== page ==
Many pad makers also produce sleeping bags, including Alps Mountaineering, Big Agnes, Exped, Nemo, REI, Sea-to-Summit, Sierra Designs, and Therm-a-Rest. It would be in their self-interest to use a system like this to improve customer ratings and reduce complaints and returns. Also, warmer pads usually sell at higher prices than colder pads. Gear makers would still measure and publish sleeping pad R-values, but manufacturers and retailers could communicate more effectively with their customers by using this scheme.


I’m not holding my breath. Running a bunch of ISO 23537 tests at $600 each plus analysis and standards development would be a costly one-time investment that no single manufacturer or retailer could justify. And the switch to ASTM F3340 standardized R-values this year was too recent, too confusing, and too expensive. But we can hope – and suggest that the industry improves.

Please post your suggestions below to enhance this proposal.

More Information

A short explanation of R-values and pads as part of a sleep system, with the chart that inspired this story.

  • “It’s the Pad | Tim Talks” Enlightened Equipment

In this 2:39 video Tim Marshall explains that half of his unhappy sleeping bag and quilt customers used a sleeping pad that’s not warm enough.

  • “Sleeping Bag Systems for Adults: Thermal Insulation and Temperature Ratings” Kansas State University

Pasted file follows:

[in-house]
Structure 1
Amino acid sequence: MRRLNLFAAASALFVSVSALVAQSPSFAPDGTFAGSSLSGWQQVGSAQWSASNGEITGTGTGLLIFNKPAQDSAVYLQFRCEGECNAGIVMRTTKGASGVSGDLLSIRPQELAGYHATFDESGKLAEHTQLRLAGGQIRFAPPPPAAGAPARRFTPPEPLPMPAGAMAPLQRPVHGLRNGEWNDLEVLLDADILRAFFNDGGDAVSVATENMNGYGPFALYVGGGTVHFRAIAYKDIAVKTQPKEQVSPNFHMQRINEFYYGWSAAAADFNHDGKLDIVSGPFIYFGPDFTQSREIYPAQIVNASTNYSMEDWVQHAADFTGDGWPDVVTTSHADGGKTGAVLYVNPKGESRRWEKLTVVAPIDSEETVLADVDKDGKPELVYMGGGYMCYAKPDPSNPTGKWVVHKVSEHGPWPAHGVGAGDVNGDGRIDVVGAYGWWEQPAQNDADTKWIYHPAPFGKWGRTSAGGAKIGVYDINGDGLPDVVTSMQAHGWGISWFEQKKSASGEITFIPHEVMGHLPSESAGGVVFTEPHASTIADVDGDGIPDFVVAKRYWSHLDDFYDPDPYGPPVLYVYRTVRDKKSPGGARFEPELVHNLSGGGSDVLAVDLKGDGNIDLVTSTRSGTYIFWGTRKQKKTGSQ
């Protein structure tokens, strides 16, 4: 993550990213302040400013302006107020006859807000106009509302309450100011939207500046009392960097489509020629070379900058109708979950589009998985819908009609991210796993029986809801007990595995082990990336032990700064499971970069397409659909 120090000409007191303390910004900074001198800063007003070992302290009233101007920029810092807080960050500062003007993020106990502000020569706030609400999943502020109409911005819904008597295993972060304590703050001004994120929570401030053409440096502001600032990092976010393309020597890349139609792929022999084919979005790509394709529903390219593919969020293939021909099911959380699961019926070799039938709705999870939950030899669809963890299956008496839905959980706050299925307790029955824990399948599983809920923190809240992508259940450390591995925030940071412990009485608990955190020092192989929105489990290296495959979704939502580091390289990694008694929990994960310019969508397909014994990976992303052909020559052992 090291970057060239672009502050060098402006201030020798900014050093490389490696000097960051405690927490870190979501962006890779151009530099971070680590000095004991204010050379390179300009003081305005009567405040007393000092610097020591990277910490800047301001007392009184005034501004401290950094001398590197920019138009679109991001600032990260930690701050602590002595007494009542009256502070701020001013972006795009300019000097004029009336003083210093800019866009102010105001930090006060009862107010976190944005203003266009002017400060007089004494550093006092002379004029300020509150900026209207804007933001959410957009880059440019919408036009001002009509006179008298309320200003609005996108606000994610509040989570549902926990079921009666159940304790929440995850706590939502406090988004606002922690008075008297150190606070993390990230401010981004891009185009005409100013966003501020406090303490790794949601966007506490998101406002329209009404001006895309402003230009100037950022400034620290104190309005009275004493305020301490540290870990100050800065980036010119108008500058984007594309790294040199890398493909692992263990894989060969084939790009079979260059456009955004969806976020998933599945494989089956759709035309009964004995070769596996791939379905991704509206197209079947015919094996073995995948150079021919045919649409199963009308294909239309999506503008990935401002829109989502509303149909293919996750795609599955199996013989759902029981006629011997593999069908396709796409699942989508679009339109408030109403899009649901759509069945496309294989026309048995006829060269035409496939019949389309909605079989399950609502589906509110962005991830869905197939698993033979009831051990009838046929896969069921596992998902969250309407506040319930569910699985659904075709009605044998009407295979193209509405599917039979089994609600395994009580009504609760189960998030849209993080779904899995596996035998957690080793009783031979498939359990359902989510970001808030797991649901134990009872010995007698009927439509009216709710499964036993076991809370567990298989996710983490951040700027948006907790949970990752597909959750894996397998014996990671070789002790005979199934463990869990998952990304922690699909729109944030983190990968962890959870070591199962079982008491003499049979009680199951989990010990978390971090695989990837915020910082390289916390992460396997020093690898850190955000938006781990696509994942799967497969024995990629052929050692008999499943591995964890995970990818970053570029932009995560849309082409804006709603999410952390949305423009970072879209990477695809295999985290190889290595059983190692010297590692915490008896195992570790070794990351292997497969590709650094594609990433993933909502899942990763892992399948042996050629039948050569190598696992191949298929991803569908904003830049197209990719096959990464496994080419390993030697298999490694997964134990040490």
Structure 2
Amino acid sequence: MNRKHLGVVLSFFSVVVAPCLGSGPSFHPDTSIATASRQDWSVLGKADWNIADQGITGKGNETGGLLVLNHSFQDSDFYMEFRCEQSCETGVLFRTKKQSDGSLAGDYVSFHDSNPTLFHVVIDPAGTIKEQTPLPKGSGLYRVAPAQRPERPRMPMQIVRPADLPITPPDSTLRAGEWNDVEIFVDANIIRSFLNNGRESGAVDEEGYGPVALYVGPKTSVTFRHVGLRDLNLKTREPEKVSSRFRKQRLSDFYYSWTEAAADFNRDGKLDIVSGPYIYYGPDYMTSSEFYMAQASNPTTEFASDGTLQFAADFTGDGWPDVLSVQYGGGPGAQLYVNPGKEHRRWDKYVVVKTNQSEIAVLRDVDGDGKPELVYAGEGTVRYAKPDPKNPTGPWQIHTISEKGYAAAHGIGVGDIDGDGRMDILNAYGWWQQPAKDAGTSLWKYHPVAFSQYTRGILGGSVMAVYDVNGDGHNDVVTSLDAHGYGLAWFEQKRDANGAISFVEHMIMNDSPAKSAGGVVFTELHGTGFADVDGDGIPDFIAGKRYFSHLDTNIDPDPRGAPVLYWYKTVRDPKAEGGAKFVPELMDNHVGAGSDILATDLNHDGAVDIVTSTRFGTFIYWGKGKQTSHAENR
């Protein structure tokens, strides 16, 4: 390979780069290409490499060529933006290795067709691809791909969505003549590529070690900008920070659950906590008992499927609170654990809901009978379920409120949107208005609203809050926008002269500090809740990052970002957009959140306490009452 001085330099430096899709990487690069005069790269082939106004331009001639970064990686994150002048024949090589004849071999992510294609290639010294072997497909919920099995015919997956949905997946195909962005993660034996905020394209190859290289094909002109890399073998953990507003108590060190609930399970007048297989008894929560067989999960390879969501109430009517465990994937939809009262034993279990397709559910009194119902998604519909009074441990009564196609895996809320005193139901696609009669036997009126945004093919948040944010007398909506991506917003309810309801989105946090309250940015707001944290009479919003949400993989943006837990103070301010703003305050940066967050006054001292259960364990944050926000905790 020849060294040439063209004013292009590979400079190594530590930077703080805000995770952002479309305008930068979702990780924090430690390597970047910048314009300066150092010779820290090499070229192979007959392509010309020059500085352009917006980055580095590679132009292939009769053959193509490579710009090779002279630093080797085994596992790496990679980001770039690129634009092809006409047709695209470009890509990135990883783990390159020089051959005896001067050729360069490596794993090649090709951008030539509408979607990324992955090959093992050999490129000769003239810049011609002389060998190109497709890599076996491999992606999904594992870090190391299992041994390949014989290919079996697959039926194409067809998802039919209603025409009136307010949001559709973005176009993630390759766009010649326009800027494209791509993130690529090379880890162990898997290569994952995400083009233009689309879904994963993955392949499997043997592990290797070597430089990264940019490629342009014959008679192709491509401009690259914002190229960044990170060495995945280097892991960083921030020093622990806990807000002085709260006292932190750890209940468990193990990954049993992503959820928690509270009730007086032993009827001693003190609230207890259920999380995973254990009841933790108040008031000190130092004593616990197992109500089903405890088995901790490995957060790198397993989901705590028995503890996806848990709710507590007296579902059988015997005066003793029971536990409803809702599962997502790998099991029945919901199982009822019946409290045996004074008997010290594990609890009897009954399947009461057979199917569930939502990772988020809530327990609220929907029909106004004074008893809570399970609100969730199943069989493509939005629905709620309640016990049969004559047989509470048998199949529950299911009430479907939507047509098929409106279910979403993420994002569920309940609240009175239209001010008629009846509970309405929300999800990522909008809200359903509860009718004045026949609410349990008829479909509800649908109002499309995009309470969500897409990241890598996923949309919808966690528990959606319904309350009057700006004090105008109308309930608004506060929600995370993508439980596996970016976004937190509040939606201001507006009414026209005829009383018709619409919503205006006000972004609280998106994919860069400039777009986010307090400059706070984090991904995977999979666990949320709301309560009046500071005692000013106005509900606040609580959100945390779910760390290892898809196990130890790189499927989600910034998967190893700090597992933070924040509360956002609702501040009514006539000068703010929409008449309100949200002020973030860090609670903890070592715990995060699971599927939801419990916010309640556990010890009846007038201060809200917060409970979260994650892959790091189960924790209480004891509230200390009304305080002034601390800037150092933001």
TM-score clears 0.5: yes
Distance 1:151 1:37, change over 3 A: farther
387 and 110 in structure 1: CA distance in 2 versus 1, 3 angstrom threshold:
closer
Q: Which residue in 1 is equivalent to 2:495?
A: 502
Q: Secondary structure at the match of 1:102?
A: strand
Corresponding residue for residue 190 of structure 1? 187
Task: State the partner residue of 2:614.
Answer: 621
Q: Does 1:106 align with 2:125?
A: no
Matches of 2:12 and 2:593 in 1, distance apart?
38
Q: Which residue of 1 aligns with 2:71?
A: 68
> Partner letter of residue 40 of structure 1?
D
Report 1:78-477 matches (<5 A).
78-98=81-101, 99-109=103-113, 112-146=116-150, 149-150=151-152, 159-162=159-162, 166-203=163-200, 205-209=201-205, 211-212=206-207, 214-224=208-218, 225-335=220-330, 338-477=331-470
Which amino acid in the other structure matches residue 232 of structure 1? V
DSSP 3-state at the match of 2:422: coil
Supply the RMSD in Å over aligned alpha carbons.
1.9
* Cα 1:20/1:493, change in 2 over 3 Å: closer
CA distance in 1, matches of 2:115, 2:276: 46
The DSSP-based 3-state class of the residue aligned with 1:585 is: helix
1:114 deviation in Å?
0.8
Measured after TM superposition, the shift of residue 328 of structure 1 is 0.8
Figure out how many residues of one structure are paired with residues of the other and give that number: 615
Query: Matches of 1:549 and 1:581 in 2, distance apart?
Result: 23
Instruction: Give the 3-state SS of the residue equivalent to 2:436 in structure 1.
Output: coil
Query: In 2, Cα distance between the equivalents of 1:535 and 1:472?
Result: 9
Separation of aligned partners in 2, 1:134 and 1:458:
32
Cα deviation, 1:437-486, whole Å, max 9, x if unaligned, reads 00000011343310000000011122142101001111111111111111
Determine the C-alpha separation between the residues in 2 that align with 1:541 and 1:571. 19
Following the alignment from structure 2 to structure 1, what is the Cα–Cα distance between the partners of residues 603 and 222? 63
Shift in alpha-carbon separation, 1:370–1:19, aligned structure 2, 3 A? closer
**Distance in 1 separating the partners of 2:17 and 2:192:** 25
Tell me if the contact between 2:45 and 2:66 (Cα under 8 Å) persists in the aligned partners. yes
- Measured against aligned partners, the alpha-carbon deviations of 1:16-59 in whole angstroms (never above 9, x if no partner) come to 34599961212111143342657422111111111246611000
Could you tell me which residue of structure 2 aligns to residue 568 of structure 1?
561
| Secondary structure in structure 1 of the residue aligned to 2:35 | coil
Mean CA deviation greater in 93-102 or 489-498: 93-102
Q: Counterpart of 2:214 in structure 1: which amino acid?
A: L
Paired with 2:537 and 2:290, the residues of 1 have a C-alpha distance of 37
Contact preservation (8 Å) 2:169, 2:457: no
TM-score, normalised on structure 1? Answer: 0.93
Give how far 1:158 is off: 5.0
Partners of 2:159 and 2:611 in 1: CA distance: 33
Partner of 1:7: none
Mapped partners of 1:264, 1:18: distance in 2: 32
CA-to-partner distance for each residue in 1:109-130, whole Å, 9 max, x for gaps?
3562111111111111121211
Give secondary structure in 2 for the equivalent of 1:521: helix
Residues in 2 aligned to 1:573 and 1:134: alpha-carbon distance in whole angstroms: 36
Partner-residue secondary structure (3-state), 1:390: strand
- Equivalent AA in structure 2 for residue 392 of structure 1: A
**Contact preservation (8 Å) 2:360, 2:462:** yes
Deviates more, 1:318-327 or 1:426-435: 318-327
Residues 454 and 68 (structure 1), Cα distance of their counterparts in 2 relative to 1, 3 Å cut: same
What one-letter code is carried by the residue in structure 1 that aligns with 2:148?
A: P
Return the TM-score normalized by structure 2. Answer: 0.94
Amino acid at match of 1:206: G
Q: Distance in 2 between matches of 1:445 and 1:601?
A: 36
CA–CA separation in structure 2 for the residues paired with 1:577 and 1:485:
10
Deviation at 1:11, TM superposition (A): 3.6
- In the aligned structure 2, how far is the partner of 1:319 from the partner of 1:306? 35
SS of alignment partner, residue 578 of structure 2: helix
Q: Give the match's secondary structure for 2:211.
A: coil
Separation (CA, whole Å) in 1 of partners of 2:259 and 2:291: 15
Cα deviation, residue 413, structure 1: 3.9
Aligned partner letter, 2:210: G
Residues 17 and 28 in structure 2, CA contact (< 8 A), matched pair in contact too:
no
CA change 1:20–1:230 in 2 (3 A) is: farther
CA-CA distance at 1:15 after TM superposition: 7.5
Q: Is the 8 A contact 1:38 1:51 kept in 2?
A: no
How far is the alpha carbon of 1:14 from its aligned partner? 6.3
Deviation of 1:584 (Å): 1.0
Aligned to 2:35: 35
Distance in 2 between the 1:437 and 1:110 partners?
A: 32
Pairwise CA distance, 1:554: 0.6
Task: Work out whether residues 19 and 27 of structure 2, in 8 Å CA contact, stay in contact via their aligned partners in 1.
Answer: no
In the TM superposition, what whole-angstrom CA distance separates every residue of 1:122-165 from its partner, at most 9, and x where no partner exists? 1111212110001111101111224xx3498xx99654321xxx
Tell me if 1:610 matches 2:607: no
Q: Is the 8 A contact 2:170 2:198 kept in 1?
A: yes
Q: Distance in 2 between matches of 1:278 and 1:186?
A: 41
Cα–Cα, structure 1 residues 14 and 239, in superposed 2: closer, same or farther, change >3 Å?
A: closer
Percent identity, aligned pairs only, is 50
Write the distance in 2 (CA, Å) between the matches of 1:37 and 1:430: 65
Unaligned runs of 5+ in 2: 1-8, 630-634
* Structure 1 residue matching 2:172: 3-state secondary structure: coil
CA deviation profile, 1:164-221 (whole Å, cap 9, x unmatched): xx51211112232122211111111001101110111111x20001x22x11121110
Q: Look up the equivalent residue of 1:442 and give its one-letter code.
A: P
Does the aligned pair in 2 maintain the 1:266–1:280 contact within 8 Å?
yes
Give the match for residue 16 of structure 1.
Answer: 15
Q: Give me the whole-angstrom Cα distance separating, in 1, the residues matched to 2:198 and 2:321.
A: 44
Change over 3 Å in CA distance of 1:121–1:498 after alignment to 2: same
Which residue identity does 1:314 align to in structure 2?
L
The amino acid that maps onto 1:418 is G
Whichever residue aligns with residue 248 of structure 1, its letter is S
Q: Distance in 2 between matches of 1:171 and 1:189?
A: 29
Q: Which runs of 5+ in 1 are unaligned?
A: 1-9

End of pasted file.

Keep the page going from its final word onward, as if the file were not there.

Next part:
Kansas State is the best-known U.S. independent tester of sleeping bag temperature ratings.

Related Content

More By Rex Sanders



DISCLOSURE (Updated April 9, 2024)

  • Product mentions in this article are made by the author with no compensation in return. In addition, Backpacking Light does not accept compensation or donated/discounted products in exchange for product mentions or placements in editorial coverage. Some (but not all) of the links in this review may be affiliate links. If you click on one of these links and visit one of our affiliate partners (usually a retailer site), and subsequently place an order with that retailer, we receive a commission on your entire order, which varies between 3% and 15% of the purchase price. Affiliate commissions represent less than 15% of Backpacking Light's gross revenue. More than 70% of our revenue comes from Membership Fees. So if you'd really like to support our work, don't buy gear you don't need - support our consumer advocacy work and become a Member instead. Learn more about affiliate commissions, influencer marketing, and our consumer advocacy work by reading our article Stop wasting money on gear.